Massive Marriott breach included 5M+ unencrypted passport numbers

Andrew Cummings
January 6, 2019

Marriott is scaling back its estimate of the total number of guest records involved in a recently revealed Starwood reservations database breach. The Starwood reservations database includes the Starwood brands W Hotels, St. Regis, Sheraton Hotels & Resorts, Westin Hotels & Resorts, Element Hotels, Aloft Hotels, The Luxury Collection, Tribute Portfolio, Le Méridien Hotels & Resorts, Four Points by Sheraton and Design Hotels. The company also said that of the 8.6 million encrypted payment card numbers that were stolen, all but 354,000 of them were expired by September 2018.

That might be a problem, given passport numbers can be used for identity theft and to commit fraud, but is the sort of data that remains highly valuable for spy agencies that can use the information to track down where government officials, diplomats and adversaries have stayed - giving insight into what would ordinarily be clandestine activities.

"Marriott has identified approximately 383 million records as the upper limit for the total number of guest records that were involved in the incident". The company cautions that this doesn't necessarily mean 383 million individual guests were impacted, as there are apparently multiple records for the same guest.

Global hotel chain Marriott believes that more than five million unencrypted passport numbers were included among the data breach that came to light in November past year. There is no evidence that they were able to use the master encryption key required to gain access to that data. Of those, 354k of the cards were still unexpired by September 2018.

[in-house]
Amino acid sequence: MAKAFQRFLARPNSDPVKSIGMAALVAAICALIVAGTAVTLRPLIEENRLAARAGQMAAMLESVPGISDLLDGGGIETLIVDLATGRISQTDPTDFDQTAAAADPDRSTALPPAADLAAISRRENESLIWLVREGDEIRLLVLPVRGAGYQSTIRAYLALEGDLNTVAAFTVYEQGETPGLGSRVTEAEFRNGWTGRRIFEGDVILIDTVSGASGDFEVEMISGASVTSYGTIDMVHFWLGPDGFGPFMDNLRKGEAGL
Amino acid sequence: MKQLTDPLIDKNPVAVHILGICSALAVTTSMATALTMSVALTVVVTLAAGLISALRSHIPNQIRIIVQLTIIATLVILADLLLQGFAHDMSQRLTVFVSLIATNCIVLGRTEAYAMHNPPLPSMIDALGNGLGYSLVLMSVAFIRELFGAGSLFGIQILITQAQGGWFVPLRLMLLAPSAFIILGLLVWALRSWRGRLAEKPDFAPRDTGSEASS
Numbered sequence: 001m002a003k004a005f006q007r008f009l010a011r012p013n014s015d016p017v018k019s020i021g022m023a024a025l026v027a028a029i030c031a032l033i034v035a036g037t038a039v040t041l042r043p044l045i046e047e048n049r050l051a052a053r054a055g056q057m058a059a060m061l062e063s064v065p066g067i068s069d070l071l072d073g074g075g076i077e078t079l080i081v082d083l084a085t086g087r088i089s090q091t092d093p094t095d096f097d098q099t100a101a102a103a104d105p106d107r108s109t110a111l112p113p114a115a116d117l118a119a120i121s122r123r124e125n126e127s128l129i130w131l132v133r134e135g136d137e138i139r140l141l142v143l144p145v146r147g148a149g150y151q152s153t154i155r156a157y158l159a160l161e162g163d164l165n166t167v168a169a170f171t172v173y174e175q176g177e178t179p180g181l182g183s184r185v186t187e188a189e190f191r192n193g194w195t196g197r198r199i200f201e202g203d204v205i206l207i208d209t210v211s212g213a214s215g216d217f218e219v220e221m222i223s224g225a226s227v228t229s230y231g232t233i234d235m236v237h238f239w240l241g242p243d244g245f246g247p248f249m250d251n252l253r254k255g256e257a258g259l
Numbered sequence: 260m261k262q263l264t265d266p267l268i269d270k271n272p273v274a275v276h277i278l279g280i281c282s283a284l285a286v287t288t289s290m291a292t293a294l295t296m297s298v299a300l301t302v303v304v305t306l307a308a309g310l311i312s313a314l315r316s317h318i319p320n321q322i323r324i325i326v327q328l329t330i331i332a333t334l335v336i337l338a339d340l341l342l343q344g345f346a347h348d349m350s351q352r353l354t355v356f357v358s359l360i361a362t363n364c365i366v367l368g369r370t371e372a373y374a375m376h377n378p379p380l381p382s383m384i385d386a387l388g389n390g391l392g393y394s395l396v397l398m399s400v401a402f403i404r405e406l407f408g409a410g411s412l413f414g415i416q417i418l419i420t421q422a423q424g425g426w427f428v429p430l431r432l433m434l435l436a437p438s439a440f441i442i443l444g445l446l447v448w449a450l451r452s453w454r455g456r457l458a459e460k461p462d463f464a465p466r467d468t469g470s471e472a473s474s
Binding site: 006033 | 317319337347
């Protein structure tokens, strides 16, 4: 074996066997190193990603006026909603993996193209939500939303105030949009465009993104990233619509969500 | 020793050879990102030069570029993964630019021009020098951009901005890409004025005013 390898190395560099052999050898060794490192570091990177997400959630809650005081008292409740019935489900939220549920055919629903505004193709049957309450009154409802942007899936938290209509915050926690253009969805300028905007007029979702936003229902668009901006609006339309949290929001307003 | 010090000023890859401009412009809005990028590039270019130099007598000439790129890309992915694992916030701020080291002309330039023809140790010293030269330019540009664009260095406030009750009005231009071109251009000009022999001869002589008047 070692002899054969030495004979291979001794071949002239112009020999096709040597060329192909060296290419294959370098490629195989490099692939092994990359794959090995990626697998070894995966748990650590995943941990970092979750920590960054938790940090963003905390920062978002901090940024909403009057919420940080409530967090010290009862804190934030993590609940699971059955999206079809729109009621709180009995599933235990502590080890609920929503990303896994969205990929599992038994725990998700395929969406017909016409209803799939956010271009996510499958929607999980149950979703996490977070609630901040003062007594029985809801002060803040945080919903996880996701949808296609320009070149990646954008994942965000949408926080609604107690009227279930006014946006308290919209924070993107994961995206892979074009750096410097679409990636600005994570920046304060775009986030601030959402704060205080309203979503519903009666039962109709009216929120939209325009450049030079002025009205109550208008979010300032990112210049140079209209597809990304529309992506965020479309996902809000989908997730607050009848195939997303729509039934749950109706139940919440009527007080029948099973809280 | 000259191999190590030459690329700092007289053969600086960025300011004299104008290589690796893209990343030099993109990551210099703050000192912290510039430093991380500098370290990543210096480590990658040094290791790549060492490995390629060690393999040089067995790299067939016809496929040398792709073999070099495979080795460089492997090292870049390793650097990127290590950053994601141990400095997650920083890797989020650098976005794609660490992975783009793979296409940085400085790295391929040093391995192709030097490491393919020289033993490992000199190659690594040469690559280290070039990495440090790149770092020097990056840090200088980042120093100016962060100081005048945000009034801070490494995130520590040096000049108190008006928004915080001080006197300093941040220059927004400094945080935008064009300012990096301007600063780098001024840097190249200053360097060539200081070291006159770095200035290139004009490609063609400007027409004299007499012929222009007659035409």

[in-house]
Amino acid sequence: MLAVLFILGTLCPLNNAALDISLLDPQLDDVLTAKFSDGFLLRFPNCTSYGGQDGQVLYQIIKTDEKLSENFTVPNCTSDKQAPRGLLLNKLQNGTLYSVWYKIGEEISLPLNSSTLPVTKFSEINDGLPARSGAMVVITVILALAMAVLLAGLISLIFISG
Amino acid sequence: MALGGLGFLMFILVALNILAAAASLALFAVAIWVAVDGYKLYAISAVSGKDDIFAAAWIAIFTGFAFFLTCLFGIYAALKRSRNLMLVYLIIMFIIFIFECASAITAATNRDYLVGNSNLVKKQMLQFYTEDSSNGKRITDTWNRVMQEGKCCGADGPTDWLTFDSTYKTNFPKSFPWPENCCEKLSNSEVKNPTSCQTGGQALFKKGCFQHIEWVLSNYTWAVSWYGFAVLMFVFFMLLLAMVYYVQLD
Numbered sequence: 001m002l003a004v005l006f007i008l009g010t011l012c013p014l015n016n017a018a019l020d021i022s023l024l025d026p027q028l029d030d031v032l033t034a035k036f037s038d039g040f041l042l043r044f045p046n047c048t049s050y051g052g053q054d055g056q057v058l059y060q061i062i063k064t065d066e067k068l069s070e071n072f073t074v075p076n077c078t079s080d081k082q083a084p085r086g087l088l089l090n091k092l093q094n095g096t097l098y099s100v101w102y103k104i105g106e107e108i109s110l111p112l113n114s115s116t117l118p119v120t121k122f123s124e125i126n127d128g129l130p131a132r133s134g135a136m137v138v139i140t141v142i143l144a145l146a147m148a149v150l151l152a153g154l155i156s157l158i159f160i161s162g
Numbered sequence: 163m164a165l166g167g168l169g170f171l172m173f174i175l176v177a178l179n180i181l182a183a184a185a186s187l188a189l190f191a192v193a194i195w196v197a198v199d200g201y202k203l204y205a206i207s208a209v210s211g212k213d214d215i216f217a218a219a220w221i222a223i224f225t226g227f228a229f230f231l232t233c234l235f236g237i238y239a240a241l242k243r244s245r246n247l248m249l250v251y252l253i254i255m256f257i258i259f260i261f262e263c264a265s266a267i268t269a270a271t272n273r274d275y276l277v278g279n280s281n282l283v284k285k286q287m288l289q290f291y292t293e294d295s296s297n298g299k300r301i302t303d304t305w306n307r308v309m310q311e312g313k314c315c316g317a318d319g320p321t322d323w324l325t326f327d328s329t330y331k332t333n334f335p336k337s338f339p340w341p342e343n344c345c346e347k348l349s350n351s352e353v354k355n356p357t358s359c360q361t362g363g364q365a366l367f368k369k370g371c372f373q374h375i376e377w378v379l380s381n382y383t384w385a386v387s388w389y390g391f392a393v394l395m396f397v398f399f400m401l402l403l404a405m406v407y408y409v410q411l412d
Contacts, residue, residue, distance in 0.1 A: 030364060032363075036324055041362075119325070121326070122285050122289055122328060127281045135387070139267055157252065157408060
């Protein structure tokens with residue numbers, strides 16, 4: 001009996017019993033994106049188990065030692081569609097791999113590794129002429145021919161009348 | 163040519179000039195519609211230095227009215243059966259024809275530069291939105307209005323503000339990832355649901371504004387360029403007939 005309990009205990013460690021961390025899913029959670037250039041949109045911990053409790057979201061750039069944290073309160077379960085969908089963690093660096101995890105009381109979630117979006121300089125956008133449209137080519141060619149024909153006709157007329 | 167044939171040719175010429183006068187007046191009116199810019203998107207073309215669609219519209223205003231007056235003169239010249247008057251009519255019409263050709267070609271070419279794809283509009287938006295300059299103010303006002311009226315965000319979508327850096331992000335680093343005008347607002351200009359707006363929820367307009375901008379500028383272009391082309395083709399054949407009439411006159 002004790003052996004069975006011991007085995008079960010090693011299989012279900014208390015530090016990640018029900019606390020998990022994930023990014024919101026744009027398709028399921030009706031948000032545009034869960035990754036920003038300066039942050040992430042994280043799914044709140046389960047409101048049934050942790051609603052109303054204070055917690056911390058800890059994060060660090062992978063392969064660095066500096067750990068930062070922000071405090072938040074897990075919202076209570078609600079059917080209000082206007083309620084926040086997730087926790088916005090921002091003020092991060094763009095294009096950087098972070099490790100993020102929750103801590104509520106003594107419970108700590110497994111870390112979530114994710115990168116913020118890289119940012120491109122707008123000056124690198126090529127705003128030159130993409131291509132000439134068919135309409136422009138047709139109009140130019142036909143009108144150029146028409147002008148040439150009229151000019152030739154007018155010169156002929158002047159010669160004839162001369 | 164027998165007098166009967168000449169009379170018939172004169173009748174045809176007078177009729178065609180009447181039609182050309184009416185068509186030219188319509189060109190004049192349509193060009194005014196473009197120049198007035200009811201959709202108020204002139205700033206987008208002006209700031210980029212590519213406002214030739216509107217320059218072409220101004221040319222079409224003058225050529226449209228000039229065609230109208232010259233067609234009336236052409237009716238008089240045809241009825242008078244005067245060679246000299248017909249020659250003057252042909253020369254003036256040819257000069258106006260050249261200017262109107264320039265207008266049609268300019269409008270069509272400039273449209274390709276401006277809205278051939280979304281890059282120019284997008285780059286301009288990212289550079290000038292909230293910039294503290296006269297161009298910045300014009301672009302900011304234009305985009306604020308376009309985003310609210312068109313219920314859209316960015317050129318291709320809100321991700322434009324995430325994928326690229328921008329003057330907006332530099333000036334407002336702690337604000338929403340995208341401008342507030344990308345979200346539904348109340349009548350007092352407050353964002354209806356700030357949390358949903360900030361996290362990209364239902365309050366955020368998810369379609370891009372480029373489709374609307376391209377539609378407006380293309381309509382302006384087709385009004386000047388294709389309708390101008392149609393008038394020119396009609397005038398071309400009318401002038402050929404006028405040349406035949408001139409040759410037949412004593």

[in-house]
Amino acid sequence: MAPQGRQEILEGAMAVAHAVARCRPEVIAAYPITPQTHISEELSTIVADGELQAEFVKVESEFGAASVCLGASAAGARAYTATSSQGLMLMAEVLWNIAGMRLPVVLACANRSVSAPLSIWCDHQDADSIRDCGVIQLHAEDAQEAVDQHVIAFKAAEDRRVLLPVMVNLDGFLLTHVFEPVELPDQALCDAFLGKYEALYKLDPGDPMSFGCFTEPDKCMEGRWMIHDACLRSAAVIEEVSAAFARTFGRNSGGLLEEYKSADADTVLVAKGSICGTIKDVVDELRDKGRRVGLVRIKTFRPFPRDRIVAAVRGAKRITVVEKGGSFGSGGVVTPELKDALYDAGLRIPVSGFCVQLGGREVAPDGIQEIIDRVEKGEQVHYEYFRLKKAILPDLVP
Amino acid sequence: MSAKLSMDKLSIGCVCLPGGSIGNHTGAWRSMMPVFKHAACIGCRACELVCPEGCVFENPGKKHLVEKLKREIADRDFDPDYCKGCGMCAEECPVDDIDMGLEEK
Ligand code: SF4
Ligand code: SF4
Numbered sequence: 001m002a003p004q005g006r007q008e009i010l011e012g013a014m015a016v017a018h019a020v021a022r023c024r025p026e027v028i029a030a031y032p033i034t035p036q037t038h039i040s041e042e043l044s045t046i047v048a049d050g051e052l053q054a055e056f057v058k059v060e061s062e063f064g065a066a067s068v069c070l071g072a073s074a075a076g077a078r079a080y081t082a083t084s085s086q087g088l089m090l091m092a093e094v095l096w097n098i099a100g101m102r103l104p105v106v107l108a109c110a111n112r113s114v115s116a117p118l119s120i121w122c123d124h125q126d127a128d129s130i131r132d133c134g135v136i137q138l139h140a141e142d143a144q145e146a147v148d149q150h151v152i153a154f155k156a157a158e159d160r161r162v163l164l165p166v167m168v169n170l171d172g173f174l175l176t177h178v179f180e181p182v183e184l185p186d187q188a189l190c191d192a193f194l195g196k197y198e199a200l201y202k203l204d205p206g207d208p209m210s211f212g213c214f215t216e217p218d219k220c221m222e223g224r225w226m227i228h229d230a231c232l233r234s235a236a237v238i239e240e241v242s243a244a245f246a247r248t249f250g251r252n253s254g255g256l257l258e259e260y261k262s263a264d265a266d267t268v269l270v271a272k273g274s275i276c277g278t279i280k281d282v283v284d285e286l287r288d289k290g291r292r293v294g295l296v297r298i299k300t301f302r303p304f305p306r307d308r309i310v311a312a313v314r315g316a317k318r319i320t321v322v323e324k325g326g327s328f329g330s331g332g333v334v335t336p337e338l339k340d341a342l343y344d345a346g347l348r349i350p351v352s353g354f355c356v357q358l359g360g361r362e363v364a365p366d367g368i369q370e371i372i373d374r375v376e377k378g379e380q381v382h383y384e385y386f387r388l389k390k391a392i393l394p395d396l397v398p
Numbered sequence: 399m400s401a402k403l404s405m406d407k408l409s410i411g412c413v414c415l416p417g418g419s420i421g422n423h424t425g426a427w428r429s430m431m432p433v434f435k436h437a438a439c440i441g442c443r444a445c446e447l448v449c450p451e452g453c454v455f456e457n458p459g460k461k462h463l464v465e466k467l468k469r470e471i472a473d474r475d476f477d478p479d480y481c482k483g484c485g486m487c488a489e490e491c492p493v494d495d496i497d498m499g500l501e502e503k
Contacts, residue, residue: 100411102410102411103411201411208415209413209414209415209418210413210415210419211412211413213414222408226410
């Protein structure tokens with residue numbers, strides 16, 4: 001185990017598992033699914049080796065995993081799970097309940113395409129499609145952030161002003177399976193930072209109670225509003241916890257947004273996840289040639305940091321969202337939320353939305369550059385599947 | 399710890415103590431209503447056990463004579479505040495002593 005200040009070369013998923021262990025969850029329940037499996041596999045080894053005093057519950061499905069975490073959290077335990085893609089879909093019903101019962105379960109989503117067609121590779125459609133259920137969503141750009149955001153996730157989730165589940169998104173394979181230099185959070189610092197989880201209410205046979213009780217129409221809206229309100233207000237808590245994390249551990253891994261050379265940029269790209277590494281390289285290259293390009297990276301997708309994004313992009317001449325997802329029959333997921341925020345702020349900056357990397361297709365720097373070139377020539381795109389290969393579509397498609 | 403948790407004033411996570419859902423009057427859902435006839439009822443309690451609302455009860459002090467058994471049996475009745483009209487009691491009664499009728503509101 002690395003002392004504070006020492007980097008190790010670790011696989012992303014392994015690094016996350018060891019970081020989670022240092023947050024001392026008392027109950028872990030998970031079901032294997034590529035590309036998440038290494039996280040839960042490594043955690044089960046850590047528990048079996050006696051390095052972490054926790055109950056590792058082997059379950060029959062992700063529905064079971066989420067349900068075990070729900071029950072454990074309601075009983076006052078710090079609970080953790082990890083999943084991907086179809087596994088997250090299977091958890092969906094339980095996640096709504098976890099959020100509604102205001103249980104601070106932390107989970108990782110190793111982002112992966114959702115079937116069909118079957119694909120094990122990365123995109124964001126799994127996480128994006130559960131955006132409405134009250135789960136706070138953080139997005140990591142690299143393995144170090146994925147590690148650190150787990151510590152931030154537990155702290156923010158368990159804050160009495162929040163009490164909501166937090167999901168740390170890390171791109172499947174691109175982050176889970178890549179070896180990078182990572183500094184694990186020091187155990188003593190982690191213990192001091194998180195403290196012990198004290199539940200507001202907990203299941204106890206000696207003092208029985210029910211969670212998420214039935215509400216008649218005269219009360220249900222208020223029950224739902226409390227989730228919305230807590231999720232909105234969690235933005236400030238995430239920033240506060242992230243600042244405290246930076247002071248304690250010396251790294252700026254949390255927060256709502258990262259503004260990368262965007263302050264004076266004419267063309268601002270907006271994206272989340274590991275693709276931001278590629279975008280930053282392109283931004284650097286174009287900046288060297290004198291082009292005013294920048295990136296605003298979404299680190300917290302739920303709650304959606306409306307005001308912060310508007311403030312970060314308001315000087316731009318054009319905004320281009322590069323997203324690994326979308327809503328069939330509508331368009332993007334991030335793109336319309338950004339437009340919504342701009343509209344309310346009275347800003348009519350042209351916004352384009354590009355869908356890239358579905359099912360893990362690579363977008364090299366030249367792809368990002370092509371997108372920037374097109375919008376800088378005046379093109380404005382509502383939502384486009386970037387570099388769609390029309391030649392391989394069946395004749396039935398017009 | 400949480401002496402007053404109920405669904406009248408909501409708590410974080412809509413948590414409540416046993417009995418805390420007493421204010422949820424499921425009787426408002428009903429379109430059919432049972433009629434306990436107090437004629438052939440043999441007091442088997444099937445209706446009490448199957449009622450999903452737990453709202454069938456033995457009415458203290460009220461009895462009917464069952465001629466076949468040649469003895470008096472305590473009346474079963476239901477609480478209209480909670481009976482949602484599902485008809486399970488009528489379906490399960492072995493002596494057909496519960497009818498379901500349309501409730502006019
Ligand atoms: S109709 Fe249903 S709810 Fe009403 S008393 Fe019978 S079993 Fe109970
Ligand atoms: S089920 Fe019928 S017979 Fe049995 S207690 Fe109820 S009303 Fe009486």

Marriott initially disclosed the hack - one of the biggest ever - on November 30, saying up to 500 million consumers of former Starwood properties were affected and that some combinations of names, addresses, emails or passport numbers were taken for some 327 million guests.

Finally, Marriott now believes around 8.6 million encrypted payment cards were impacted by the data breach. There is no evidence that the unauthorized third party accessed either of the components needed to decrypt the encrypted payment card numbers.

A small number of payment cards - "fewer than 2,000" - may have been stored separately and in an unencrypted format, according to Marriott. Marriott already created a dedicated website and call center about the data base hack.

Marriott said in its Friday update that it has "completed the phase out" of Starwood's reservation database and now runs guest bookings through its Marriott database, which was not affected by the breach.

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